Uncertainties can be reduced when information from several methods converges. This chapter accepts all methodologies, knowing their limitations, and qualifies the information presented by the methodologies used to obtain it.

Measuring primary production and controlling factors

Key unknowns about primary productivity in the Arctic include root production and turnover and belowground allocation processes in general, including allocation to mycorrhizae and exudation. Also poorly understood are long-term (multi-year to multi-decade) interactions between the carbon cycle and nutrient cycles, in which relatively slow changes in soil processes and nutrient availability interact with relatively rapid changes in photosynthesis in response to climate change. One major unknown is the control on dispersal, establishment, and rate of change in abundance of species and functional types that are more productive than current arctic species but are not now present or common in arctic vegetation (e.g., trees and tall shrubs).

There are two major approaches to assessing Net Ecosystem Production (NEP): classic biomass weighing and year-round CO2 flux recording, but these approaches are not always compatible. One particular gap in current estimates is the lateral transport of organic carbon (C) from one ecosystem to another. The two methodologies give opposite results when accounting for the input of allochthonous (produced outside) organic matter to a particular ecosystem: CO2 flux measurement gives negative NEP due to increased CO2 emission from soil to atmosphere, while weighing gives a higher accumulation of organic carbon (C) in the soil. In addition, current estimates of buried C released to ecosystems due to thermokarst and soil erosion (Figs. 7.21 and 7.22) are poor.

Difficulties in studying microorganisms

Understanding of microbes that are critically important in many ecosystem processes is limited. Knowledge of microbial diversity and function has been strongly constrained by lack of development in methodology and conceptual frameworks.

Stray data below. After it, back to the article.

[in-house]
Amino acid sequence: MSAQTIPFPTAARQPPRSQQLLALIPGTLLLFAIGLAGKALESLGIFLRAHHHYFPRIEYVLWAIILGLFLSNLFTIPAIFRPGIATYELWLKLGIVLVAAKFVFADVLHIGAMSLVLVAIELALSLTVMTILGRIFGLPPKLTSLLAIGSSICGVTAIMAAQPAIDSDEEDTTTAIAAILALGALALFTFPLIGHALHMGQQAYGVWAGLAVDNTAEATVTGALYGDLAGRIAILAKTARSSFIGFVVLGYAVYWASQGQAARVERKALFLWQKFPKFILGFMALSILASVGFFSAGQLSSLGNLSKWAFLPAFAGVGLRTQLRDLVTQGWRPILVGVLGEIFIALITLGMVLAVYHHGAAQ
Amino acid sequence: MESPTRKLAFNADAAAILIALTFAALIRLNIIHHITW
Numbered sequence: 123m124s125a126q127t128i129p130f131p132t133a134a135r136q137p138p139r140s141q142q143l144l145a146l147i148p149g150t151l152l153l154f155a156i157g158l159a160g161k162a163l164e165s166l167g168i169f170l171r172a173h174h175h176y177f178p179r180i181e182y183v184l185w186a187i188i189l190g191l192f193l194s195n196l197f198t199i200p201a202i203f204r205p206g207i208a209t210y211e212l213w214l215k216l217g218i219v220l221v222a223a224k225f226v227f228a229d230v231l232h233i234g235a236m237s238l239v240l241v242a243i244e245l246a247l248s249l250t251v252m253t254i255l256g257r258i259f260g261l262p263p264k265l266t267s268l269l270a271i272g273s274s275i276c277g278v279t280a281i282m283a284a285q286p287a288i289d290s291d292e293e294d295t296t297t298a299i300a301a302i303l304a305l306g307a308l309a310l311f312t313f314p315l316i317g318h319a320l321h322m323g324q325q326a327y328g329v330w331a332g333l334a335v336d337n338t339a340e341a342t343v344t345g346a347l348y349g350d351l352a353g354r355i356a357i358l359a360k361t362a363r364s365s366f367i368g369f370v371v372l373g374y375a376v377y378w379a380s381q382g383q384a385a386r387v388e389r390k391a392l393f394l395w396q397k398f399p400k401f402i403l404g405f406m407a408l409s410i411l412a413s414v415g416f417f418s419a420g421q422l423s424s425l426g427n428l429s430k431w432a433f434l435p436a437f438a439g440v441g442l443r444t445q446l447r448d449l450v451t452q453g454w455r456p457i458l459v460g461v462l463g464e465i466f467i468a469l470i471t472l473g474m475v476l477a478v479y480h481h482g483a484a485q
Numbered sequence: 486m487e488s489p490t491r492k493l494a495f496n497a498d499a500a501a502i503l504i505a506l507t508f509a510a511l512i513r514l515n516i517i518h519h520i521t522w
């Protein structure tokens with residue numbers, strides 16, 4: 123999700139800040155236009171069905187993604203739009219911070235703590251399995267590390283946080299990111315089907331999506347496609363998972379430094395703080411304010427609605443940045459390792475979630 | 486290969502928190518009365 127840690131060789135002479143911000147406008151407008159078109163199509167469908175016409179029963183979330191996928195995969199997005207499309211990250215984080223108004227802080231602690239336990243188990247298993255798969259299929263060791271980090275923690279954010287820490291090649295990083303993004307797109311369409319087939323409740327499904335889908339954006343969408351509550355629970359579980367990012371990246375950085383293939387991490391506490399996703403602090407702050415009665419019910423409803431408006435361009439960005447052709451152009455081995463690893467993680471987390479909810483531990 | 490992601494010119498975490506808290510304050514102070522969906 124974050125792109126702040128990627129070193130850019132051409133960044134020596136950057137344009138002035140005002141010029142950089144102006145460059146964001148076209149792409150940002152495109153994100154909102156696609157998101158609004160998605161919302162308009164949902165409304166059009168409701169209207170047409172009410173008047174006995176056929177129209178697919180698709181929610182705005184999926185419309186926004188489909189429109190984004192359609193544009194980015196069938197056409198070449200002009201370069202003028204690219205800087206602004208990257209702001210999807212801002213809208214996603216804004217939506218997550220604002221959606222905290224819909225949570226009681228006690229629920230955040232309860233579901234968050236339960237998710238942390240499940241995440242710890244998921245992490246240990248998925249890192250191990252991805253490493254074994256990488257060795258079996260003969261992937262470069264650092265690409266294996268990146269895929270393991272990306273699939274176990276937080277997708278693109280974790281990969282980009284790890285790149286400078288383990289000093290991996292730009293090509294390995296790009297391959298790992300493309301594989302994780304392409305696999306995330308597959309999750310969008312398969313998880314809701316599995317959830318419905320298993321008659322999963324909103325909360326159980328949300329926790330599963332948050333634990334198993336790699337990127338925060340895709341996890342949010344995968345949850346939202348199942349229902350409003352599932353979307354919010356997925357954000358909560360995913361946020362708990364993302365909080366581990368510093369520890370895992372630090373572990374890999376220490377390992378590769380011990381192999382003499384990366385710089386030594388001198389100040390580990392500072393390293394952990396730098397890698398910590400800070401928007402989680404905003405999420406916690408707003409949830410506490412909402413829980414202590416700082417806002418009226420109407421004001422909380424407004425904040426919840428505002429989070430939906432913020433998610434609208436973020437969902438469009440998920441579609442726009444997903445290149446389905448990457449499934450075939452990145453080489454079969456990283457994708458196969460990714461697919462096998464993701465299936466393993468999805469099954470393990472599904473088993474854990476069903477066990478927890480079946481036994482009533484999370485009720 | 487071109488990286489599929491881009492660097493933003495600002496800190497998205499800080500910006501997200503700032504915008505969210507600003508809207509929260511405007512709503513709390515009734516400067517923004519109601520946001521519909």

Bacteria and even the more advanced microscopic yeast and fungi cannot be characterized by visual observation alone due to their very simple shapes (rods, spheres, filaments). Typically, microbial strains must be cultivated in pure culture to reveal their various functional features, and an appreciable amount of laboratory work is required to differentiate a microbe from close relatives. Only a small fraction of soil microorganisms are able to grow on artificial laboratory media, and less than 1% of the cells observed with a microscope form colonies on the plate.The main reasons for this “Great Plate Count Anomaly”[1] include the metabolic stress of the “famine-to-feast” transition occurring when cells are brought from soil to artificial, nutrientrich media; inadequacy of cultivation conditions compared with the natural environment; and metabiotic interactions/cooperation in natural communities that are broken after cells have been separated by plating[2]. This technical problem has resulted in an underestimation of diversity in natural habitats.

Fortunately, new cultivation approaches are being developed that are helping to overcome this problem[3]. However, it is not presently possible to make a fair comparison between the numbers of species of animals and plants versus bacteria given that these groups are defined differently[4].

Lack of feasible technologies to measure microbial population dynamics in the field has lead to the use of microbial biomass, which is convenient but a poor predictor of productivity and C and nutrient turnover. More sensitive measurements of microbial activity need to be developed for field application.

Incomplete databases

Length of time series of data: Although many long time series of relevant data (e.g., species performance and phenology) exist, most information relates to short time series. This is a particular problem in the Arctic where complex population dynamics (e.g., cycles) need to be understood over periods long enough to allow trends to be separated from underlying natural dynamics. Observations of trace gas emissions also require annual observations over time periods long enough to encompass significant climate variability. Experiments are usually too brief to capture stable responses to environmental manipulations and to avoid artifacts that are disturbance responses. Long time series of data are also necessary in order to identify extreme events and nonlinear system changes.